In the Earthquake Zone: Shaking All Over?

Counsellor: “So tell me Dave, How are you handling the earthquake?”
Dave:  “Well, I’ve been sleeping like a baby…every two hours I wake up and crap myself.”     Dilbert

The cat came back the other day, rather nonchalantly, 8 days after the Canterbury 7.1 earthquake at 4.35am on 4 September.

 I thought this had to be a good sign: aren’t cats catastrophic early warning devices?  With four pads firmly planted on the floor don’t they pick up pre-seismic waves before the audible waves are detected by the human ear?

 He only stayed one night.

In the fortnight since the Jumbo jet landed right on top of our house at exactly the same time as the goods train ploughed down our corridor there have been more than 700 aftershocks* since the first big shake, many over magnitude 4 and some over 5. Terror Infirma in a newly uncertain city.

My office  in Mancan House (an abbreviation for Canterbury Manufacturers, not a chauvinist affirmation) is on the corner of Manchester Street and Cambridge Terrace, by the Avon. It’s a part of town where vertical occupations by day give way to  briefly horizontal transactions by night. According to a letter to the Editor of The Press this morning the whole street was directly in the centre of the divine seismic scope: “Manchester St was the focal point for destruction within the city centre-Manchester St is the street for prostitution…This is a warning from God to the people of Christchurch to repent and change their ways….”

Our building was spared the wrath of God, with hardly a thing out of place. It’s obviously a goody goody oasis strategically situated between Sodom and Gomorrah. Or perhaps, more prosaically, a post-1975 building code building with many of its rather more historic neighbours, including three churches,  looking sadly awry.  No doubt the landlord will put the rent up.

It took a week for the landlord’s agents to inform us we were allowed back. However, the building had been greenstickered from day 2 and we’d  been back into gear since then although initially inside the cordoned area. When it came to getting back to work in non-emergency occupations there was quite a different public/private sector imperative. The supply lines are shorter for SMEs.

The shocking thing for many-but not for geologists well aware of the potential earthquake liquefaction issues of building a city on swamp, silt and shingle- was that all this subterranean activity is happening close to or underneath largely flat Christchurch, not in Wellington, the hilly predestined city of faulty towers, where people were at least conditioned to expect the Big Urban One, no doubt in cosmic seismic recompense for being the seat of government and hosting ungodly politicians.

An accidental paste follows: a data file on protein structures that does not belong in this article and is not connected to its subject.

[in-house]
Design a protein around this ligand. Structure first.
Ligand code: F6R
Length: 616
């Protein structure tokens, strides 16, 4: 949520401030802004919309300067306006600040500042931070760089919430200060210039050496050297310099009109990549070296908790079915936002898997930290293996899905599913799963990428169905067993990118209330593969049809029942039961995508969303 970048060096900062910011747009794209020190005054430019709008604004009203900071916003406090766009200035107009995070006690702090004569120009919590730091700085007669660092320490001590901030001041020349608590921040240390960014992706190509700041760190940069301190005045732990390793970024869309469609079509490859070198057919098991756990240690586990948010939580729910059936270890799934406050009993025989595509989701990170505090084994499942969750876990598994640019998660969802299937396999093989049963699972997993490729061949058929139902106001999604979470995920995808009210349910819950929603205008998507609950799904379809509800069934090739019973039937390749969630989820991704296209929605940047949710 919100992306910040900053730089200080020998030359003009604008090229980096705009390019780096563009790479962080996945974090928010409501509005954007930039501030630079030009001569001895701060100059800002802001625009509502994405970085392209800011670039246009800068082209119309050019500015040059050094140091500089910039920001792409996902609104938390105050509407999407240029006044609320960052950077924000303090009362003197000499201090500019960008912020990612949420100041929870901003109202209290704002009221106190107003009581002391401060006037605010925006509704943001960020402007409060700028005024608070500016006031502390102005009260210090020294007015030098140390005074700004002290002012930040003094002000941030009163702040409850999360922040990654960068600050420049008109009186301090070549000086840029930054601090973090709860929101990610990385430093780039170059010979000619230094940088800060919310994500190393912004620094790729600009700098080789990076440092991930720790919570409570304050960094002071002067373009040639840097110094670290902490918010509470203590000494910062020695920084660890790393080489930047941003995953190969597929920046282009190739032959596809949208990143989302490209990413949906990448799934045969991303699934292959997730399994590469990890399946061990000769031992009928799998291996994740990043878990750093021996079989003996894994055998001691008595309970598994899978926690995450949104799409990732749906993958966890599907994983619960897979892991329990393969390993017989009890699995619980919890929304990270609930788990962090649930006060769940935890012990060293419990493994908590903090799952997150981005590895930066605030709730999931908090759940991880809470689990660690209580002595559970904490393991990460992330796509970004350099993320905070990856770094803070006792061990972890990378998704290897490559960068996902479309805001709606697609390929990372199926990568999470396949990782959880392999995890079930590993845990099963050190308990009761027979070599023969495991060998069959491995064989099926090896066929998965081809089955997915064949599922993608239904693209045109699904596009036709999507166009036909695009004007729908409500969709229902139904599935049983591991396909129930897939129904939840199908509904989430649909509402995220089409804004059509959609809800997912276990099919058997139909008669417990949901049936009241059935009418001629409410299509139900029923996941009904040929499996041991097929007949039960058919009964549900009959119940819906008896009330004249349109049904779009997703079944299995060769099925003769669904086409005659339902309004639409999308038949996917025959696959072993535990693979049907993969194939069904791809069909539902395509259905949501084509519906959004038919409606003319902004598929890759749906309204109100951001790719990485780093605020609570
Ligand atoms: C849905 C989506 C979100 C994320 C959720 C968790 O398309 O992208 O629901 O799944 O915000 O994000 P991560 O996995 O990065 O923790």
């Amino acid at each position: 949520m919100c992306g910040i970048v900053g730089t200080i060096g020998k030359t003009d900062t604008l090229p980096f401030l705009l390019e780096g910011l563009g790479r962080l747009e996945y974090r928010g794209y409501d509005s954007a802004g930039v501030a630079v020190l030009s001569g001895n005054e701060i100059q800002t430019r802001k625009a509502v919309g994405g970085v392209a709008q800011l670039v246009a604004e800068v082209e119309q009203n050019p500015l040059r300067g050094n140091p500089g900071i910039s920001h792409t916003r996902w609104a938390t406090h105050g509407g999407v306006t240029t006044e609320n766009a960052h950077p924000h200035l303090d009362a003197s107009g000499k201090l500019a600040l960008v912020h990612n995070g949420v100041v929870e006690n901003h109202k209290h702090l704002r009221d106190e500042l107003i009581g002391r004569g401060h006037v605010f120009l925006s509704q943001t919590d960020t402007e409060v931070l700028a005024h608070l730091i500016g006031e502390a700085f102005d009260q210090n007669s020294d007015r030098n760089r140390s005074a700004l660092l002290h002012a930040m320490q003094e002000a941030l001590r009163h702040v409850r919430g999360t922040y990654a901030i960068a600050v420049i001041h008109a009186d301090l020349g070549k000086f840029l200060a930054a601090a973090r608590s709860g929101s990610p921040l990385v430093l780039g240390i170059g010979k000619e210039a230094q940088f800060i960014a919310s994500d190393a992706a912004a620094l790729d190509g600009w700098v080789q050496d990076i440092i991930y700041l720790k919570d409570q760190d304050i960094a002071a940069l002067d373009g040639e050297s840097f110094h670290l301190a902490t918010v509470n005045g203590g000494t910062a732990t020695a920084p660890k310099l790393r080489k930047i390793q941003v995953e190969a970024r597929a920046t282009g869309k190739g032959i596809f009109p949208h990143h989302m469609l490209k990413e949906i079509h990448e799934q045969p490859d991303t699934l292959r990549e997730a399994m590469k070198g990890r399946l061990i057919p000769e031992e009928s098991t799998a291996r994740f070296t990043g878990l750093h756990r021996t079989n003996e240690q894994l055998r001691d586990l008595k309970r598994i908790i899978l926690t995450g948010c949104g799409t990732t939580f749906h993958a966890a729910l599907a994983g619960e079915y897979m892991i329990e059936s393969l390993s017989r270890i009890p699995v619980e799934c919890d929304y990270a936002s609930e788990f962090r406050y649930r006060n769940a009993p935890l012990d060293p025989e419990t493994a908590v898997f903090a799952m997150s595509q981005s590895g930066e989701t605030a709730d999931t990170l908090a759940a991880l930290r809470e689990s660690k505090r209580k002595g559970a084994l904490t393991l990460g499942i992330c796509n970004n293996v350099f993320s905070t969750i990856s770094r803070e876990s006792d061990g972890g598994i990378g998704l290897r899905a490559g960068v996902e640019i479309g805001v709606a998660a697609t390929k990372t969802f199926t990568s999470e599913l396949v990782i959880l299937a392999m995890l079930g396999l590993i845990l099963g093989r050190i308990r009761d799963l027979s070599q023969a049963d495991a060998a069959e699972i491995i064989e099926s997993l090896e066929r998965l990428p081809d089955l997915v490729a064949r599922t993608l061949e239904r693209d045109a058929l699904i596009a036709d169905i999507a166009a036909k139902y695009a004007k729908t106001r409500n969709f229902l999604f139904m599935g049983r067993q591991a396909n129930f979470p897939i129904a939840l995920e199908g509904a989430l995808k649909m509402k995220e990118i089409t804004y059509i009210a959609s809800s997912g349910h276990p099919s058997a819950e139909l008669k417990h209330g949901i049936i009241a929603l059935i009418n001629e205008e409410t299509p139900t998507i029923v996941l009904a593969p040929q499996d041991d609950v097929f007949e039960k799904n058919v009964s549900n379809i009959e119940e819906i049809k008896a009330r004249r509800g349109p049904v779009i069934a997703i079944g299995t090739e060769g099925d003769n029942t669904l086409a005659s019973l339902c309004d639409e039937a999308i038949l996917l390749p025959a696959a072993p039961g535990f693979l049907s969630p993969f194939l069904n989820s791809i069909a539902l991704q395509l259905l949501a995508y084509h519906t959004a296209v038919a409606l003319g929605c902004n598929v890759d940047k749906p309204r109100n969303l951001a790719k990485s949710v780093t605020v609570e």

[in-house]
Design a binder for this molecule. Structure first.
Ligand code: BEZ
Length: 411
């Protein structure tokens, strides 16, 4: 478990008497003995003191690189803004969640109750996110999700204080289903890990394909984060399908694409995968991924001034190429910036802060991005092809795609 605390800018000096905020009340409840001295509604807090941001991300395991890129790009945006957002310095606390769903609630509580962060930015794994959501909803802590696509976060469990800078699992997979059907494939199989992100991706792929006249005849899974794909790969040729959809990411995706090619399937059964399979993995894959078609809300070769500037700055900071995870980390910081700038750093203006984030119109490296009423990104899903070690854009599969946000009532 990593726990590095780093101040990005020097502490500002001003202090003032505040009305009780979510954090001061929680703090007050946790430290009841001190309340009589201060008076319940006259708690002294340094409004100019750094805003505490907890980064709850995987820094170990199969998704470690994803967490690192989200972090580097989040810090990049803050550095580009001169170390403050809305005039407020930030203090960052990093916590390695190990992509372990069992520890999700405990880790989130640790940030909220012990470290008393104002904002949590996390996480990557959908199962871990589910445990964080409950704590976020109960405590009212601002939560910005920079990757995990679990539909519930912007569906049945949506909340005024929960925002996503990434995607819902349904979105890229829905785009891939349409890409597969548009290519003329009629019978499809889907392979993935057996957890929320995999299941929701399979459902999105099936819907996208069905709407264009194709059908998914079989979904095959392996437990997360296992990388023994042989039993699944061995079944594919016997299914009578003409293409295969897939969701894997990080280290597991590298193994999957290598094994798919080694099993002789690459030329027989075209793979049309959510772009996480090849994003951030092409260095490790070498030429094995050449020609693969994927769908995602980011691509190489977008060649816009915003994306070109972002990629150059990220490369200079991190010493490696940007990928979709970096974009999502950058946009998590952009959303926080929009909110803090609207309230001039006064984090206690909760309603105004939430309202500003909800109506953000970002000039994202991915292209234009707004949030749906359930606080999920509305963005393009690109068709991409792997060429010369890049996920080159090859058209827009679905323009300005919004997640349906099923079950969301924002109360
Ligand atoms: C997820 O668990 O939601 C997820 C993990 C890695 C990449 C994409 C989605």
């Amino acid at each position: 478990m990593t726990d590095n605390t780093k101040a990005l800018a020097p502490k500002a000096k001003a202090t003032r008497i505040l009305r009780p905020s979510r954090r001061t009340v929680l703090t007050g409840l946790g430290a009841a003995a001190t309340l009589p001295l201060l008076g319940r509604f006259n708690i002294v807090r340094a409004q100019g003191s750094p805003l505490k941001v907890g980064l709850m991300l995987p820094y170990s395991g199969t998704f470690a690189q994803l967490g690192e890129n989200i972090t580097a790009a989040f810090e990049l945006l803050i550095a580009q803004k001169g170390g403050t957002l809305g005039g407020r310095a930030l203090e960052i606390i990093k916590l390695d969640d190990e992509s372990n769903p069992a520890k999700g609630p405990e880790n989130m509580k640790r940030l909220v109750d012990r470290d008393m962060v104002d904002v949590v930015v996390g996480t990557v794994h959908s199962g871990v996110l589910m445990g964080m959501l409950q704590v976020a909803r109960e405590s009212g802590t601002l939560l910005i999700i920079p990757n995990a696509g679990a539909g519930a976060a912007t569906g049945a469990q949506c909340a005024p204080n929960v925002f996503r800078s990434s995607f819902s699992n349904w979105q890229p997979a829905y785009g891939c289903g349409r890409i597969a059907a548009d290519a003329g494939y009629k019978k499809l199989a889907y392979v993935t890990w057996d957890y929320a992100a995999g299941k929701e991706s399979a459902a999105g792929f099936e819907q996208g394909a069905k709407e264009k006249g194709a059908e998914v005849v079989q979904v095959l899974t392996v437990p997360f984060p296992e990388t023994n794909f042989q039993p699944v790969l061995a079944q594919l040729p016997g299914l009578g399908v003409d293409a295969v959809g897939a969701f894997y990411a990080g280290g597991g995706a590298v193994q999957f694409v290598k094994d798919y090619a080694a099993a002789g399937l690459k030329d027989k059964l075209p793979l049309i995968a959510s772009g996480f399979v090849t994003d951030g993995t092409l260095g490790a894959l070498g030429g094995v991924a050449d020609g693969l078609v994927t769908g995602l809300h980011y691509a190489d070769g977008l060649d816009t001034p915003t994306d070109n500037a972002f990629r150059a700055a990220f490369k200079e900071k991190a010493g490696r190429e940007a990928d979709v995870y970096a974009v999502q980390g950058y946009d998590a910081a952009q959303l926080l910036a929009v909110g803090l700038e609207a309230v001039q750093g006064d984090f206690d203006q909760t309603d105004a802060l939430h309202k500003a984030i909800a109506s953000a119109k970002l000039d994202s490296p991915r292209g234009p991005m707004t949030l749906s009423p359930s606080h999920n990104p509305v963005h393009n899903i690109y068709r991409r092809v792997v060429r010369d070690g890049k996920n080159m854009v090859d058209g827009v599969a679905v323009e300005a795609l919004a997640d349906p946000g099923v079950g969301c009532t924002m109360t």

Earlier in earthquake week the Canterbury province had been hit by the financial earthquake at South Canterbury Finance. The company is now in the hands of receivers. The Hubbard cupboard has been shaken bare like some of our cupboards at home. We await the inevitable financial aftershocks.

The full cost of the Canterbury earthquake could be as high as $4 billion, on top of the $1.6 Billion to cover SCF  it will knock a big hole in the Treasury jam jar. One positive is that with the lateral tectonic movement we’ve closed the gap with Australia by a good 3 metres.

These things come in threes. The road and railway south of Kaikoura have just been reopened having been blocked by a big post-earthquake slip for almost a week, cutting off urgent supplies for the Canterbury region.

The state of emergency in Christchurch was lifted by the city council on Wednesday. Christchurch Mayor Bob Parker, whose re-election prospects have got up to 7.1 on the electoral Richter scale, has declared that the city has now moved from a state of emergency to a state of urgency.

I better go and get the washing in- and put some cat food out.


#Lyall Lukey  18 Sept  2010  My other blog

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